MPs and charities have publicly shamed the government, and two of its contractors, over the botched implementation of the coalition's new disability benefit, and its impact on disabled people.{jcomments on}

Representatives from three charities - DABD (UK), Citizens Advice and Mencap - were giving evidence to the Commons public accounts committee about the implementation of personal independence payment (PIP).

Lesley Hawes, chief executive of DABD, which is based in the London borough of Barking and Dagenham and works with socially-excluded people, said her organisation was being "bombarded" with appeals for help because of delays with PIP claims.

She said claimants were being forced to rely on food parcels and the Social Fund "to a huge extent" because of these delays.

Since last year, DABD has dealt with 185 PIP claims, but only 15 of the claimants have had decisions from the Department for Work and Pensions. Hawes said that was "typical" of claimants helped by organisations in other local boroughs.

She said: "The whole timescale of waiting is ridiculous. And when we have challenged the DWP and Atos they are blaming each other for the delays."

Among the cases DABD has been dealing with is a person with a mental health condition who needed to be admitted to hospital because it took more than seven months for them to begin receiving PIP.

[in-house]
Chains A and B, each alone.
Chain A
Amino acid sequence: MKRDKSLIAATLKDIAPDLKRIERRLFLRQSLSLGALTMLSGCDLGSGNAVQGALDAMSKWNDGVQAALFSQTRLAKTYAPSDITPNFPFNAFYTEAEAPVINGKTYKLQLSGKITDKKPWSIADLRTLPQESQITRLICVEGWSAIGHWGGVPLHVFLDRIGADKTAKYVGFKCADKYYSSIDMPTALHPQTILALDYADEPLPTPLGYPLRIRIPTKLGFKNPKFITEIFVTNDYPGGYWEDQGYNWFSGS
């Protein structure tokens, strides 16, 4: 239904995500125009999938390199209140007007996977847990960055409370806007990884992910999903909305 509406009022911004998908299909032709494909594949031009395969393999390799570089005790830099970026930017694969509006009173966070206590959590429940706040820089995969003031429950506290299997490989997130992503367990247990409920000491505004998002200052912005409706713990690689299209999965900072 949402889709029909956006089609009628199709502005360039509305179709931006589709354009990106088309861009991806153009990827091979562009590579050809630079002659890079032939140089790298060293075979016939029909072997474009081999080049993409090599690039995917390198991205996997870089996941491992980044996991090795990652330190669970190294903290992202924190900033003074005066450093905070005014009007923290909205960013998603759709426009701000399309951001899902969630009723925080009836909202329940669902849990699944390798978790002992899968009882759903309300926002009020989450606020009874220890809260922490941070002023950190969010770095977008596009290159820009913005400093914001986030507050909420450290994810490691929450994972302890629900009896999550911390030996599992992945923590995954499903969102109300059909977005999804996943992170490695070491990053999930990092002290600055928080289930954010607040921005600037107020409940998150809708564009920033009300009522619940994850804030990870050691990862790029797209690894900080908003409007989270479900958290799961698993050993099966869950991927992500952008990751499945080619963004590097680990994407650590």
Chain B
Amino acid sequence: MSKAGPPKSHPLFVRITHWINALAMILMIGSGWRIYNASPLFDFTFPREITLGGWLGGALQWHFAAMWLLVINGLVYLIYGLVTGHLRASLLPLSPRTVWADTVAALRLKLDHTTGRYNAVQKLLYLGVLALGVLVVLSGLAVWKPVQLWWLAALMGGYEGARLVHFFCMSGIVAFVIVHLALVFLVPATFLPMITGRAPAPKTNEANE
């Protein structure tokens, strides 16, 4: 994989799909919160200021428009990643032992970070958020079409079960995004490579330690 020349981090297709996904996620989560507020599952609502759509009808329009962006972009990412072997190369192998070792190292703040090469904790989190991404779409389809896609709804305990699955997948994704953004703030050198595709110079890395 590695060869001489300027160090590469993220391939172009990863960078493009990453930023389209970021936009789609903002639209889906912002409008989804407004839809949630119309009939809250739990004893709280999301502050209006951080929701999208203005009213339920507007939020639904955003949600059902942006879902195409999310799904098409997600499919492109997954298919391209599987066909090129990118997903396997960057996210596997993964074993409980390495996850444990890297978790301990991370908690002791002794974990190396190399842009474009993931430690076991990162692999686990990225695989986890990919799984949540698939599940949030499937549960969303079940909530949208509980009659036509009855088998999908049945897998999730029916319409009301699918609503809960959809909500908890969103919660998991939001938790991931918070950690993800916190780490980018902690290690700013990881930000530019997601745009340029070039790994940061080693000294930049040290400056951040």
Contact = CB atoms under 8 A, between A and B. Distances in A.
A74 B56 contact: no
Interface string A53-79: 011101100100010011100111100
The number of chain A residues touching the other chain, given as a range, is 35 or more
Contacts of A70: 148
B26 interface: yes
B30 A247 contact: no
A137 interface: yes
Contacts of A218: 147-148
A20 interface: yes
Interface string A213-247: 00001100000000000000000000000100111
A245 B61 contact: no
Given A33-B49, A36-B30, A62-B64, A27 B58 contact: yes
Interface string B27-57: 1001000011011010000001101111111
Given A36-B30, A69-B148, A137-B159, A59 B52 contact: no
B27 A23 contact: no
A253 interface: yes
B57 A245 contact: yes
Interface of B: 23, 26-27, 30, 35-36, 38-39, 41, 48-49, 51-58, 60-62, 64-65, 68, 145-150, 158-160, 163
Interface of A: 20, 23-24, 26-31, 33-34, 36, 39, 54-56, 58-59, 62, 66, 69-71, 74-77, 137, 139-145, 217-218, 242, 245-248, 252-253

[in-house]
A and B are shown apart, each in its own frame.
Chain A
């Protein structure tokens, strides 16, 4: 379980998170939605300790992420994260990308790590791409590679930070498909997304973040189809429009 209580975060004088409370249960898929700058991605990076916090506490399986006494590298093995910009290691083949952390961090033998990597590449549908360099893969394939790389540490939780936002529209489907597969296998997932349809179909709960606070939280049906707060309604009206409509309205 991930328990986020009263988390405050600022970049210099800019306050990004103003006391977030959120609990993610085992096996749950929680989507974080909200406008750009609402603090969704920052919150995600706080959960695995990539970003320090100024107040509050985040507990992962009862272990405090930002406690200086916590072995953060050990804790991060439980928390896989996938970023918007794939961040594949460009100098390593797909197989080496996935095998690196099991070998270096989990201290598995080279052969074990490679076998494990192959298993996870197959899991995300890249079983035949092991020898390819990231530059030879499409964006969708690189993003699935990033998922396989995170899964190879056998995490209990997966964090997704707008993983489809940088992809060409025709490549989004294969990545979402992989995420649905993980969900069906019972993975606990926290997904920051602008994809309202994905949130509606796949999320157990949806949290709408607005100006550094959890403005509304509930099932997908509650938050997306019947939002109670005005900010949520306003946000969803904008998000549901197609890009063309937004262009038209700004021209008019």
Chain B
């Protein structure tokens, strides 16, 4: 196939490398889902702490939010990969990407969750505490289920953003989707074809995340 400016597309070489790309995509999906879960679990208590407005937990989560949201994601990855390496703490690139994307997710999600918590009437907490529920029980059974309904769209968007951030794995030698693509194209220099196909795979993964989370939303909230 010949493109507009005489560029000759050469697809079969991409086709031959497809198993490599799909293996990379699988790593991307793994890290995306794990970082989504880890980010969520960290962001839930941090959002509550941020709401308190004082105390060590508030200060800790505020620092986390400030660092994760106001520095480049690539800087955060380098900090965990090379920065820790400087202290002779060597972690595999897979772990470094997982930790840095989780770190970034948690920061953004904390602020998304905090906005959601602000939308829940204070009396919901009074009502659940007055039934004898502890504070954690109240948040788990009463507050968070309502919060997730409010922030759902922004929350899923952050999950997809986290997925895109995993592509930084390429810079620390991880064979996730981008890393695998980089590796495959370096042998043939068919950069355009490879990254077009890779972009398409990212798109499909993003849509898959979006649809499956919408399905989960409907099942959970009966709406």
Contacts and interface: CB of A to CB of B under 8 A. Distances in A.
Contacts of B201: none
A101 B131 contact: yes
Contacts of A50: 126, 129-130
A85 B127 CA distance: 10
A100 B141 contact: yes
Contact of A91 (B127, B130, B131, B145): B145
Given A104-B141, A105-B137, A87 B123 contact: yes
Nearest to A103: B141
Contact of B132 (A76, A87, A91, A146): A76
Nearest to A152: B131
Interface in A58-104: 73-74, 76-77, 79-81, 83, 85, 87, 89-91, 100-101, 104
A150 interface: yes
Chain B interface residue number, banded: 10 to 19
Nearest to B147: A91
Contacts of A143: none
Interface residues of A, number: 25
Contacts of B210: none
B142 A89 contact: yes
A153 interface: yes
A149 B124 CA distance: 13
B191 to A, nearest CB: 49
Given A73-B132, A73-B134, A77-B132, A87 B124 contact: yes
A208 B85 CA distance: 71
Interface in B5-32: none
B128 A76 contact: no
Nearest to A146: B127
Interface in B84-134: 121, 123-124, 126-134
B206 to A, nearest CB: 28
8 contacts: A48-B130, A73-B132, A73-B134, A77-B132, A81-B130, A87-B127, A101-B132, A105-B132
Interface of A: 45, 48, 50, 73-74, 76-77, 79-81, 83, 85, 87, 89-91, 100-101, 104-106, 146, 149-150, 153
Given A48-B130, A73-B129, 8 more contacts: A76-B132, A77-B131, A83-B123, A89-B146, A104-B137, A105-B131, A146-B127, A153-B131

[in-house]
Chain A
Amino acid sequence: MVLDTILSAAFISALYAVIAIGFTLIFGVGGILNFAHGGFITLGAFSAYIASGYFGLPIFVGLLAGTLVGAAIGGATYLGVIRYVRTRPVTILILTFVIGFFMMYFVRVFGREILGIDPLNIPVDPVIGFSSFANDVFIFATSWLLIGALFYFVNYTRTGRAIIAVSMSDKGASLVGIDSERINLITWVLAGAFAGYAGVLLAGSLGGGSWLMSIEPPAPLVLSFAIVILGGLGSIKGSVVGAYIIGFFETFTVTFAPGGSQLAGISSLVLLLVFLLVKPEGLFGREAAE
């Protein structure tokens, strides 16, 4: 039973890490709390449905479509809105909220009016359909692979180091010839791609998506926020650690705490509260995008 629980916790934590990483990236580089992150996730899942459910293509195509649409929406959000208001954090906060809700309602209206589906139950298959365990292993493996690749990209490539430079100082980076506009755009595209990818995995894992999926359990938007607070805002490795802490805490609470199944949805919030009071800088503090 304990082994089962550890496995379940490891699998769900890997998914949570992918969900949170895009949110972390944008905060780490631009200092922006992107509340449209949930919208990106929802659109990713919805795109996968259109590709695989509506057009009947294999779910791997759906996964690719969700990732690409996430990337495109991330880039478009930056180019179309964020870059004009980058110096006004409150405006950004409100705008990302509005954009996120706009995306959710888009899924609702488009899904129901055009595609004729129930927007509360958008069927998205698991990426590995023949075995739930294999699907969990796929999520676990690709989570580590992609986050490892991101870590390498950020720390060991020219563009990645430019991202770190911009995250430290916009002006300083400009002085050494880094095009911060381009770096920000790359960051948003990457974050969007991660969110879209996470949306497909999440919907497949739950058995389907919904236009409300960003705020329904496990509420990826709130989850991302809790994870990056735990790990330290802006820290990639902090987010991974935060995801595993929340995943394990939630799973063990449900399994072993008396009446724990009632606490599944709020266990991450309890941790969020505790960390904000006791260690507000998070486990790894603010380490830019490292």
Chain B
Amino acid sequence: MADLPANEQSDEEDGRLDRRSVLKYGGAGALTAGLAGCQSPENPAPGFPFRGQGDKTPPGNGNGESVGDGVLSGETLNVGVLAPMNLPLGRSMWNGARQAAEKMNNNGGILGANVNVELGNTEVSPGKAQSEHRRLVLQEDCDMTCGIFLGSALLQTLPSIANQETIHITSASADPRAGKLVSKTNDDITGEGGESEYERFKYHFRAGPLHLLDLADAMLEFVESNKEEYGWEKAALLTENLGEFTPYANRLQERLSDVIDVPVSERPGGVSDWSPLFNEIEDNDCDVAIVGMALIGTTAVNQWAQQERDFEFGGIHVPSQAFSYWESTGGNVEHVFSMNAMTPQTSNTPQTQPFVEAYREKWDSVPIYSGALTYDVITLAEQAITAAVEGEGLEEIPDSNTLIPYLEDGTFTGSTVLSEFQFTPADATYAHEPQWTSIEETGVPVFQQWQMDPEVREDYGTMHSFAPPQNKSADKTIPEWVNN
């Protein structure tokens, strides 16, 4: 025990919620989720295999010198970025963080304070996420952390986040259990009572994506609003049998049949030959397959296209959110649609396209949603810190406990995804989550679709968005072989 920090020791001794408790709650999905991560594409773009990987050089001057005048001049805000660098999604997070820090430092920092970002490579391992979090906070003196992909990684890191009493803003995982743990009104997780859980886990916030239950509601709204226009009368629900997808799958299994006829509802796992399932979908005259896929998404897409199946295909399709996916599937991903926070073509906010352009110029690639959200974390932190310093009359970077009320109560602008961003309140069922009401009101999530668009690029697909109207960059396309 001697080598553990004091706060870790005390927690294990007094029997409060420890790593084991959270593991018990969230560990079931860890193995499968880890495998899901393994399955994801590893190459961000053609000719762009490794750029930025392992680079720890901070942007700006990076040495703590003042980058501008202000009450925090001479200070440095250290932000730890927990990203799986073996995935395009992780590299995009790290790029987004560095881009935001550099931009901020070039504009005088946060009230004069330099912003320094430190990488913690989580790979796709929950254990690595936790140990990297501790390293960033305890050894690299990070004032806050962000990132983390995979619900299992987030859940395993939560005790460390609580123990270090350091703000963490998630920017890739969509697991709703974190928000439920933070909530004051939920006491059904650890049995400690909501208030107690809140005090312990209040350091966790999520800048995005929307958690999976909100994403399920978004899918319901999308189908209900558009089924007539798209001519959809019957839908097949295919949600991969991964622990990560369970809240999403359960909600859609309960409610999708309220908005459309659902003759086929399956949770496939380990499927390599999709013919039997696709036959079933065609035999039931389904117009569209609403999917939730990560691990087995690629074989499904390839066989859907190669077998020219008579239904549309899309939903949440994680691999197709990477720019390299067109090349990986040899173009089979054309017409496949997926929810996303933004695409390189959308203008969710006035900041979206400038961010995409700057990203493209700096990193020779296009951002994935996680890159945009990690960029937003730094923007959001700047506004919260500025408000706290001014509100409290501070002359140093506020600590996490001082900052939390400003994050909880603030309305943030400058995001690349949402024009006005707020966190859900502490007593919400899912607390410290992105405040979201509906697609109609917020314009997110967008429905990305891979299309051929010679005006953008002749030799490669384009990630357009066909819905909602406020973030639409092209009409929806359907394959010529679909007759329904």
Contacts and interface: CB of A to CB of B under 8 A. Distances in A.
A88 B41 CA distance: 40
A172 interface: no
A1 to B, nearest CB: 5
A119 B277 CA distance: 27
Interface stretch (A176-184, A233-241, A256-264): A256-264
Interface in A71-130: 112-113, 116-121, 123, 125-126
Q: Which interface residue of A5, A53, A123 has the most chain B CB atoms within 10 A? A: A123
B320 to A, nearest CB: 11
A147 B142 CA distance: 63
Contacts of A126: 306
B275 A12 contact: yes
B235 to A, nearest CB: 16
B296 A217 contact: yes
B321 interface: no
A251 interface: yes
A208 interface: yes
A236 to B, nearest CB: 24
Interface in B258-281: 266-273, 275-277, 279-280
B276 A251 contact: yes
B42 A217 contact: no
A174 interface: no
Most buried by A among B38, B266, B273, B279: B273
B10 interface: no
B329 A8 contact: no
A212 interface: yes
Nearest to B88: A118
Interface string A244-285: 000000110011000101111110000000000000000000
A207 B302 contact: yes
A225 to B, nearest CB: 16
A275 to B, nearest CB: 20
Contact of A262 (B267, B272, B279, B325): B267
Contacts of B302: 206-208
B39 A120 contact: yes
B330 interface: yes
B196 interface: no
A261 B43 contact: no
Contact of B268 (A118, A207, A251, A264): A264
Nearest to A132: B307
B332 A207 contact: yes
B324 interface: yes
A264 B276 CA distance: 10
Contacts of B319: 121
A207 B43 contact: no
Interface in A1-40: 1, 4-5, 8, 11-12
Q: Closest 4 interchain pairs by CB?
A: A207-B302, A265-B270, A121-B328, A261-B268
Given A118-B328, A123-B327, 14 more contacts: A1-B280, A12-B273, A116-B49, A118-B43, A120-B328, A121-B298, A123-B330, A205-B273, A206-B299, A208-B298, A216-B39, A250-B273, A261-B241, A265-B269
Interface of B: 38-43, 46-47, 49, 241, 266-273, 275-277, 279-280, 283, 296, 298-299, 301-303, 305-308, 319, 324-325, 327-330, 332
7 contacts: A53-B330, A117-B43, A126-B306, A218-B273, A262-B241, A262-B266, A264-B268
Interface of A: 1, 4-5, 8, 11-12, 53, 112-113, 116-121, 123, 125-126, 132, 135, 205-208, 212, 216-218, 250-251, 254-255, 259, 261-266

Another was a client with diabetes and gastric problems who needs a specific diet, who submitted a PIP claim in September 2013, but heard nothing more. Despite two calls to DWP, she has still heard nothing from Atos about her assessment.

She is using the Social Fund and other services "to be able to survive", but her health has deteriorated, said Hawes.

A third client, who has learning difficulties and a mental health condition, submitted a claim last August, but has so far received no response from Atos.

James Bolton, a Mencap policy officer, told the committee of a young man with learning difficulties who needed his assessment to be carried out at home, rather than in an assessment centre, but had been told by Atos that there were no appointments available for six months.

A relative was told to just "keep calling back" in case an appointment became available.

Bolton said he was told by a colleague from Parkinson's UK about a disabled person who made a new claim for PIP last April and only received their decision earlier this month, a wait of 11 months without the financial support they needed.

Vicky Pearlman, social policy officer for Citizens Advice, said her organisation had "seen far too many examples" of claimants who had arranged home visits from Capita but no-one had turned up, with some claimants experiencing this three times.

Some claimants have arrived at Atos assessment centres to be told there was no-one there to see them, she told the committee, sometimes having travelled up to 90 minutes via public transport.

Margaret Hodge, the Labour chair of the committee, told of two women in her Barking constituency with terminal cancer who had been waiting six or seven months for an assessment.

One woman applied in August, and last week, just days before the committee hearing, she was finally given a date for an assessment.

The other woman applied in September 2013 and again had not heard anything until she was given a date for an assessment last week.

News provided by John Pring at


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